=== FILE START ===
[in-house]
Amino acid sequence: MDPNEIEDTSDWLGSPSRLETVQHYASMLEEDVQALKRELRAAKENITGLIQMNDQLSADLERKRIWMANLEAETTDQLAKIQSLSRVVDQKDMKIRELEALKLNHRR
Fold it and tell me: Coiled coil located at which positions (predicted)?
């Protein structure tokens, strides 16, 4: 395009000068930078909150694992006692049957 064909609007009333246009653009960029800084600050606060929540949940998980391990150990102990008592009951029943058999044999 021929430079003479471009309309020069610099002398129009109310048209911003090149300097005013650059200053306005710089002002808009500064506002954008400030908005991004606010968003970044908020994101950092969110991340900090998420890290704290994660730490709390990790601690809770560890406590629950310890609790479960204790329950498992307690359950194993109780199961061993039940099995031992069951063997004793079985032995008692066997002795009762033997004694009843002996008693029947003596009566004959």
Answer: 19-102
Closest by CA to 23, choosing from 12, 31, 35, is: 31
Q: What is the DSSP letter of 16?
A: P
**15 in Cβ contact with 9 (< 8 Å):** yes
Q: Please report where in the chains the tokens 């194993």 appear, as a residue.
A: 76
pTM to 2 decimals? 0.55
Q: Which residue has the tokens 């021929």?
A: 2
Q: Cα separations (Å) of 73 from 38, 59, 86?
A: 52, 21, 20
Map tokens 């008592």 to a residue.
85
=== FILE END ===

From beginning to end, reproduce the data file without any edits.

[in-house]
Amino acid sequence: MDPNEIEDTSDWLGSPSRLETVQHYASMLEEDVQALKRELRAAKENITGLIQMNDQLSADLERKRIWMANLEAETTDQLAKIQSLSRVVDQKDMKIRELEALKLNHRR
Fold it and tell me: Coiled coil located at which positions (predicted)?
């Protein structure tokens, strides 16, 4: 395009000068930078909150694992006692049957 064909609007009333246009653009960029800084600050606060929540949940998980391990150990102990008592009951029943058999044999 021929430079003479471009309309020069610099002398129009109310048209911003090149300097005013650059200053306005710089002002808009500064506002954008400030908005991004606010968003970044908020994101950092969110991340900090998420890290704290994660730490709390990790601690809770560890406590629950310890609790479960204790329950498992307690359950194993109780199961061993039940099995031992069951063997004793079985032995008692066997002795009762033997004694009843002996008693029947003596009566004959």
Answer: 19-102
Closest by CA to 23, choosing from 12, 31, 35, is: 31
Q: What is the DSSP letter of 16?
A: P
**15 in Cβ contact with 9 (< 8 Å):** yes
Q: Please report where in the chains the tokens 């194993």 appear, as a residue.
A: 76
pTM to 2 decimals? 0.55
Q: Which residue has the tokens 């021929």?
A: 2
Q: Cα separations (Å) of 73 from 38, 59, 86?
A: 52, 21, 20
Map tokens 């008592």 to a residue.
85